Smarter, Better, Leaner, Greener
12 New Year’s Resolutions for the 112th Congress in 2012
SOURCE: AP/Pablo Martinez Monsivais
Many of us start off the new year with resolutions to break bad habits and pick up good ones. Although these lists are usually personal, there’s no reason an institution can’t come up with ways to do better in the coming year. In fact, there’s good reason to do so if, like the 112th Congress, your likeability ratings are hovering in single digits and you’re paralyzed by inaction.
So here are 12 proposed New Year’s resolutions for Congress in 2012.
1. Cut out junk food: Get rid of tax cuts for millionaires. The revenue from just one week of tax cuts for millionaires ($866 million) will more than pay for one year of nutrition assistance for women, infants, and children ($833 million).
2. Make new friends: Pass comprehensive immigration reform. Without a fair commonsense federal immigration law, states including Alabama and Arizona have passed harsh, inhumane laws that cast suspicion on neighbors, weaken the state’s economy, and spur homegrown talent to move away.
3. Get in shape: Strengthen our roads and bridges through smart infrastructure investments.The National Infrastructure Bank, part of President Barack Obama’s Rebuild America Jobs Act, will provide much-needed repairs to our nation’s dilapidated bridges, roads, rail systems, and transit networks.
4. Waste less: Streamline the U.S. military by cutting unnecessary costs, changing spending priorities, and achieving efficiencies through new technologies.
5. Learn new things: Support educational reform and retraining programs for workers by reforming the Elementary and Secondary Education Act, supporting Pell Grants, and job training.
6. Spend more time with family: Pass federal legislation supporting paid sick days and paid family leave. Workers should not have to choose between taking care of a sick child and keeping their job. Policies that help men and women balance work and family make them better workers and better parents.
7. Lower stress levels: Stop fighting the Affordable Care Act. The law expands coverage, keeps down costs, protects against abuses by insurance companies, and provides flexibility and choice.
8. Be less judgmental: Repeal the Defense of Marriage Act and pass the Employment Non-Discrimination Act. Discrimination against gay, lesbian, bisexual, and transgender Americans violates basic principles of fairness, equality, and equal protection under the law. It’s time to get on the right side of history and make it illegal to discriminate against anyone in the workplace and in their personal lives.
9. Rekindle an old flame: Support our troops during their service and when they come home. It takes more than waving flags to show the love for our servicemen and women. They need jobs, health care, housing, and educational opportunities when they return home.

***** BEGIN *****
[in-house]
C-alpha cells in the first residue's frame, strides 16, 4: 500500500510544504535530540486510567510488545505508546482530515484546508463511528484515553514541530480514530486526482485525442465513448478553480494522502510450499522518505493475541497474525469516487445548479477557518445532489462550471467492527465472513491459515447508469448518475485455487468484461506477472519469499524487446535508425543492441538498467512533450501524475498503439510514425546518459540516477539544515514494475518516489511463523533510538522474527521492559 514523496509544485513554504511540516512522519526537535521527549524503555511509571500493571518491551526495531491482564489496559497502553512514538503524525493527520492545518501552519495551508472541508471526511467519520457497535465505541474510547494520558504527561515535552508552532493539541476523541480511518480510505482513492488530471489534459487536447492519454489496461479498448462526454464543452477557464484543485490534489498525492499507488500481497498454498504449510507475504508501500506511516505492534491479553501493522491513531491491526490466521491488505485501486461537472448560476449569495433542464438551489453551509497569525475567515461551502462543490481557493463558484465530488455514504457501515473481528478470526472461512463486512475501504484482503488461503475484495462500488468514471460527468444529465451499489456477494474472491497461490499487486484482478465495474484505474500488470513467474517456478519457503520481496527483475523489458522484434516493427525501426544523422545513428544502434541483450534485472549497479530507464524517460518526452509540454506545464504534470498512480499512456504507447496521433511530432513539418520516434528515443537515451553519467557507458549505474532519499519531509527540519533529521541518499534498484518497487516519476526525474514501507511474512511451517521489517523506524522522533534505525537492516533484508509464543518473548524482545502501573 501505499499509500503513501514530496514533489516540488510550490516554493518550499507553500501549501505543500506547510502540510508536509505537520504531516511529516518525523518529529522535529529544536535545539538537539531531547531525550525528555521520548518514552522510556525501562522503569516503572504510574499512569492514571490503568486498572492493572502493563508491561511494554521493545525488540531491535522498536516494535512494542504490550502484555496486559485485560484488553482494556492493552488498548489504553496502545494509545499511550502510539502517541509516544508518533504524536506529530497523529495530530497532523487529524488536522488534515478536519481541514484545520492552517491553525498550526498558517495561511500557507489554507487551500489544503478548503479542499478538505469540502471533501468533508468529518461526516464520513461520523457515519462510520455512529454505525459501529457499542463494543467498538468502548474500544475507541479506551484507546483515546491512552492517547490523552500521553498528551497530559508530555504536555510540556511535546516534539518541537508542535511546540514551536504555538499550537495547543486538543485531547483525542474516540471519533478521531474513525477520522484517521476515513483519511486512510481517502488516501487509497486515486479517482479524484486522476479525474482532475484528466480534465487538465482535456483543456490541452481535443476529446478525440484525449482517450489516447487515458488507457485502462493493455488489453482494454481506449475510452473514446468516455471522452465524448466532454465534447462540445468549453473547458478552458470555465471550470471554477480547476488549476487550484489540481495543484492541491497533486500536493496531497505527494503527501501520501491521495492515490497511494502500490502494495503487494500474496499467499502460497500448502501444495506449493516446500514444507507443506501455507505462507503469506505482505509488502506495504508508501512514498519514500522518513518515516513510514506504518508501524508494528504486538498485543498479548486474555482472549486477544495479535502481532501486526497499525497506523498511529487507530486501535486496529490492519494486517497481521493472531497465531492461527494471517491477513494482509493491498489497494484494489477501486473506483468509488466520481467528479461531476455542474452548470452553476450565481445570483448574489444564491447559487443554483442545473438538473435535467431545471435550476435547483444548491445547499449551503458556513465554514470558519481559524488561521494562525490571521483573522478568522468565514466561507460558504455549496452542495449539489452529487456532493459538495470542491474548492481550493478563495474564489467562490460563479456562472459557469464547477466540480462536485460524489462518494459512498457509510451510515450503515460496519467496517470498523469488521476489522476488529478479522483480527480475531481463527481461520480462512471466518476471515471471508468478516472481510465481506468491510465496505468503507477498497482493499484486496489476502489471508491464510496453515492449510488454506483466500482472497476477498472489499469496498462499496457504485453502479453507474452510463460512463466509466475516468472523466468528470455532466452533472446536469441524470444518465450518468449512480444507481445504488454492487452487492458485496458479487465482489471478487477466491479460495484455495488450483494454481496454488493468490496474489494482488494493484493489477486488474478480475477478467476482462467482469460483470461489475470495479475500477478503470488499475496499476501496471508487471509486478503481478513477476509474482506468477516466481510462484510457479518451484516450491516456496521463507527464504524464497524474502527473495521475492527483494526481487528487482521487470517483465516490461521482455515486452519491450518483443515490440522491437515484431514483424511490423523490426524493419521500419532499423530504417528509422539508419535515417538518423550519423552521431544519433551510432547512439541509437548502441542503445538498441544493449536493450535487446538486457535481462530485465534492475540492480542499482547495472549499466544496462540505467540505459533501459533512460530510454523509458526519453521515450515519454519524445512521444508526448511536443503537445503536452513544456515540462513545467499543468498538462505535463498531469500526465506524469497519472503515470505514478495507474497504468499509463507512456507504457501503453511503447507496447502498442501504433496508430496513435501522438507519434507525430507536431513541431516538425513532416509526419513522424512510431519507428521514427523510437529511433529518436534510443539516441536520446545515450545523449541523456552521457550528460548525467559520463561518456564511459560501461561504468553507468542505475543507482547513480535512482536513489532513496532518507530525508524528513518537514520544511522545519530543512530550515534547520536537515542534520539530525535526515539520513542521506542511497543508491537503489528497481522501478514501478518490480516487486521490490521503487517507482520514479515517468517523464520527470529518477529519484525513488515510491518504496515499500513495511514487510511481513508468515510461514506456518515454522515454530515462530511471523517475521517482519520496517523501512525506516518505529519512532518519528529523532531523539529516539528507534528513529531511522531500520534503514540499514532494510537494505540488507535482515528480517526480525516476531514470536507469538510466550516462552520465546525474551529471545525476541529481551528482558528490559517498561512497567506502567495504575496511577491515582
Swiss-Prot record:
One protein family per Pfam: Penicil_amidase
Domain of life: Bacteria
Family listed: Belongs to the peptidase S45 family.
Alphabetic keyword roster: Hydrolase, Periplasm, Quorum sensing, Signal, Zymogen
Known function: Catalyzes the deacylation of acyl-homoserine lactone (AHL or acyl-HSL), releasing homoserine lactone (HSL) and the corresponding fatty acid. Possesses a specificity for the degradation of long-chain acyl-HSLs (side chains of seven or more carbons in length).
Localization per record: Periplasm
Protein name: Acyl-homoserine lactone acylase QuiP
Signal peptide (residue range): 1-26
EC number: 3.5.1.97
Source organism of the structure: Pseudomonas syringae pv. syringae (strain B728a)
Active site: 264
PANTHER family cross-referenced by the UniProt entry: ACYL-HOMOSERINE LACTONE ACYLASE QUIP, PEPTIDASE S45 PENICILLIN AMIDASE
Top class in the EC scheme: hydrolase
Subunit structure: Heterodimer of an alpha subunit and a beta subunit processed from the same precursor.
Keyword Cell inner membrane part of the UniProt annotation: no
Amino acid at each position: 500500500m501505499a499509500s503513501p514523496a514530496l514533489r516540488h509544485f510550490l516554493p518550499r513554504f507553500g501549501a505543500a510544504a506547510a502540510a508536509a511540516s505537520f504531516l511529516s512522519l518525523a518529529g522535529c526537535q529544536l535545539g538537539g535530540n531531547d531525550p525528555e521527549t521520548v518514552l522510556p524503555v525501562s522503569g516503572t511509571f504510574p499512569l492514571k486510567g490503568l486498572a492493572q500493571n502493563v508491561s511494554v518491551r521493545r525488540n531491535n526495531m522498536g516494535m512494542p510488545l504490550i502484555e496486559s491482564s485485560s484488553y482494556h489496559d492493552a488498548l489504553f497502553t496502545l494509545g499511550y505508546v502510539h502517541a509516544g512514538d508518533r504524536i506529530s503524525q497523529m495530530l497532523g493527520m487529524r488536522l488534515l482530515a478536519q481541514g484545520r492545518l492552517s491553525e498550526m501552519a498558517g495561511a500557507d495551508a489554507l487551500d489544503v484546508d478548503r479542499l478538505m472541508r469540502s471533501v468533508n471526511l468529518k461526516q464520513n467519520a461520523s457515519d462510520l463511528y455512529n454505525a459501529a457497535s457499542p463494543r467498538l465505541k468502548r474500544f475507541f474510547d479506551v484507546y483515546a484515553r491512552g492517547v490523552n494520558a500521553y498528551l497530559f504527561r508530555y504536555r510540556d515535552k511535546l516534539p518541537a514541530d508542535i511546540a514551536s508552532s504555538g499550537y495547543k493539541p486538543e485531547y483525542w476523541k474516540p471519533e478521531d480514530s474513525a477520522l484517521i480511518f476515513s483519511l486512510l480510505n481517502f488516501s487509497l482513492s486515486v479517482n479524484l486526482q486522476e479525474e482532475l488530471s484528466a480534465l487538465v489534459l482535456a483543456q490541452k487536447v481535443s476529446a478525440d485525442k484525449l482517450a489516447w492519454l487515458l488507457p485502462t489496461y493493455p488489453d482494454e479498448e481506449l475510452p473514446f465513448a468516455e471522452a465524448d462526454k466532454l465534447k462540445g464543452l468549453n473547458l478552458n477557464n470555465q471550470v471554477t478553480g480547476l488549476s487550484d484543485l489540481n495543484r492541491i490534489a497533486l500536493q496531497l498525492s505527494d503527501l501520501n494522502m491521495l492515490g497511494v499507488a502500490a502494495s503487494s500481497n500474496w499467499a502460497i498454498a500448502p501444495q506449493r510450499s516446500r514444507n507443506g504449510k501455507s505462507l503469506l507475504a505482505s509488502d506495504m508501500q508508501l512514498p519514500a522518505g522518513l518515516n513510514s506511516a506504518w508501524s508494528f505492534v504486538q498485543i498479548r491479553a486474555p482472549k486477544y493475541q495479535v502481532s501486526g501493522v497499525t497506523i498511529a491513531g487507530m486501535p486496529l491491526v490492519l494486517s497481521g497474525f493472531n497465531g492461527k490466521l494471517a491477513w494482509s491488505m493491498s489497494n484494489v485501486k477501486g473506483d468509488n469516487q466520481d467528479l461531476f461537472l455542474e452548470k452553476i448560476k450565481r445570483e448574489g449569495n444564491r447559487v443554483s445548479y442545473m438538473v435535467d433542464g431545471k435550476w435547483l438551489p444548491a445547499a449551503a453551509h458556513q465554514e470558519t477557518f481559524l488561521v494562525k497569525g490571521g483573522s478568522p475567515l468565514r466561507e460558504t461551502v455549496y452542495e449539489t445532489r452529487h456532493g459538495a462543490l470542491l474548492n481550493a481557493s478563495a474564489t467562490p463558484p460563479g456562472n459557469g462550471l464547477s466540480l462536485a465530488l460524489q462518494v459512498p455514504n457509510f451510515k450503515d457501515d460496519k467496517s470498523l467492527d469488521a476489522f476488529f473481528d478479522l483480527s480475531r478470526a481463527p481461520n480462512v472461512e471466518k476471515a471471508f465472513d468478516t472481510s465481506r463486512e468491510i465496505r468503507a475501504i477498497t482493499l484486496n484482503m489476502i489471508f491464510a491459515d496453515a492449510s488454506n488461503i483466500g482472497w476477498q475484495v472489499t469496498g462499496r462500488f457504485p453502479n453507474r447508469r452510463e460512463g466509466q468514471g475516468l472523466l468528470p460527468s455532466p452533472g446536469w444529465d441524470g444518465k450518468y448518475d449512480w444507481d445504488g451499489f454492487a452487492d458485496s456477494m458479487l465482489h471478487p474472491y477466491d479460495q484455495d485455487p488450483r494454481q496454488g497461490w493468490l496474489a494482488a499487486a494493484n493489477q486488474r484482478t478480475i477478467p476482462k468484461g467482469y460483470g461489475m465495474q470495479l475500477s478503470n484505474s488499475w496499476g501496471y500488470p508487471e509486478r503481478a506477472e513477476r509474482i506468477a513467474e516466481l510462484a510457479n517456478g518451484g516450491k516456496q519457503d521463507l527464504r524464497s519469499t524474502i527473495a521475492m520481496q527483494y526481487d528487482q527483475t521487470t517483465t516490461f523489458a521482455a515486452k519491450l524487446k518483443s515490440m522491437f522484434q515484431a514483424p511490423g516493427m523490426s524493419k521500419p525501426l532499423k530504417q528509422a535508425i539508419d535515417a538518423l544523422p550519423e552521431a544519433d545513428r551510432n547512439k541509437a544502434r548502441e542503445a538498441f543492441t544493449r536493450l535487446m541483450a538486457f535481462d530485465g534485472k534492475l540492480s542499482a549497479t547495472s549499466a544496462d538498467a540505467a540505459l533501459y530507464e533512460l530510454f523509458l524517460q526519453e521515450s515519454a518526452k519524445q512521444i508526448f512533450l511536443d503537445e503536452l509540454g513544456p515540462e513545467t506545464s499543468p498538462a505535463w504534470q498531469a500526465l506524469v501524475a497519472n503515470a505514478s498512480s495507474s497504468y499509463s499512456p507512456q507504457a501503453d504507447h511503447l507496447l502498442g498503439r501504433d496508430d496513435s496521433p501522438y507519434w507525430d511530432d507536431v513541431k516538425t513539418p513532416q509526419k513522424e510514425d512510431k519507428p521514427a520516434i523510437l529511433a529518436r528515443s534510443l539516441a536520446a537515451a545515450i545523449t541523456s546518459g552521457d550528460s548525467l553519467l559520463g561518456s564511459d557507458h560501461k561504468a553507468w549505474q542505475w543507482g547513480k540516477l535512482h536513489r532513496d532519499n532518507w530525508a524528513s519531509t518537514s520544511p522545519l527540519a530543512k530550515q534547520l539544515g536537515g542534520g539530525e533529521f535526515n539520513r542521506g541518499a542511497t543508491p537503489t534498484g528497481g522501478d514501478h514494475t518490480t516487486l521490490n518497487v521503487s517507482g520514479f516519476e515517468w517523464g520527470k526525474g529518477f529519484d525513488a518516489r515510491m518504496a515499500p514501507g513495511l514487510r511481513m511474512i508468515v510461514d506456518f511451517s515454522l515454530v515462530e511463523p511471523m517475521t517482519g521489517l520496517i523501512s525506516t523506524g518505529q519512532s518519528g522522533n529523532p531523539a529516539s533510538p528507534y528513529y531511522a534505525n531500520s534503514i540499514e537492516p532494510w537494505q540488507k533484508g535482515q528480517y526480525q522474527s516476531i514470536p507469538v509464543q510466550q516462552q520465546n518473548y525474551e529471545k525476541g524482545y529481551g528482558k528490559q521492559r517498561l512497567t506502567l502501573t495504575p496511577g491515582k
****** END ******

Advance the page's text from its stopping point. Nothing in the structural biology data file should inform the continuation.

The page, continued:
10. Don’t be selfish: Support nutrition assistance programs such as the Supplemental Nutrition Assistance Program and unemployment benefits. Many American families are struggling in today’s economy. Protecting them from reckless budget cuts and providing a basic safety net is not only the right thing to do, but helps stimulate the economy.
11. Be greener: Cut dependence on fossil fuels, invest in renewable energy, and tackle climate change in a serious way. It’s time to stop oil addiction and climate-change denial, and grow our economy through a significant investment in green jobs.
12. Be better informed: Stay up-to-speed on current events and stop conflating facts with fantasy. Unfortunately, many of our public debates live in a “fact-free zone” where outlandish claims take on the guise of truth. Think: death panels, birtherism, war on Christmas, and more. It’s impossible to solve the real problems facing our country until make-believe stops masquerading as factual reality.
All our good wishes to Congress for a productive and progressive new year!
Sally Steenland is Director of the Faith and Progressive Policy Initiative at American Progress.
To speak with our experts on this topic, please contact:
Print: Allison Preiss (economy, education, poverty)
202.478.6331 or firstname.lastname@example.org
Print: Tom Caiazza (foreign policy, health care, energy and environment, LGBT issues, gun-violence prevention)
202.481.7141 or email@example.com
Print: Chelsea Kiene (women's issues, Legal Progress, Half in Ten Education Fund)
202.478.5328 or firstname.lastname@example.org
Spanish-language and ethnic media: Tanya Arditi
202.741.6258 or email@example.com
TV: Rachel Rosen
202.483.2675 or firstname.lastname@example.org
Radio: Chelsea Kiene
202.478.5328 or email@example.com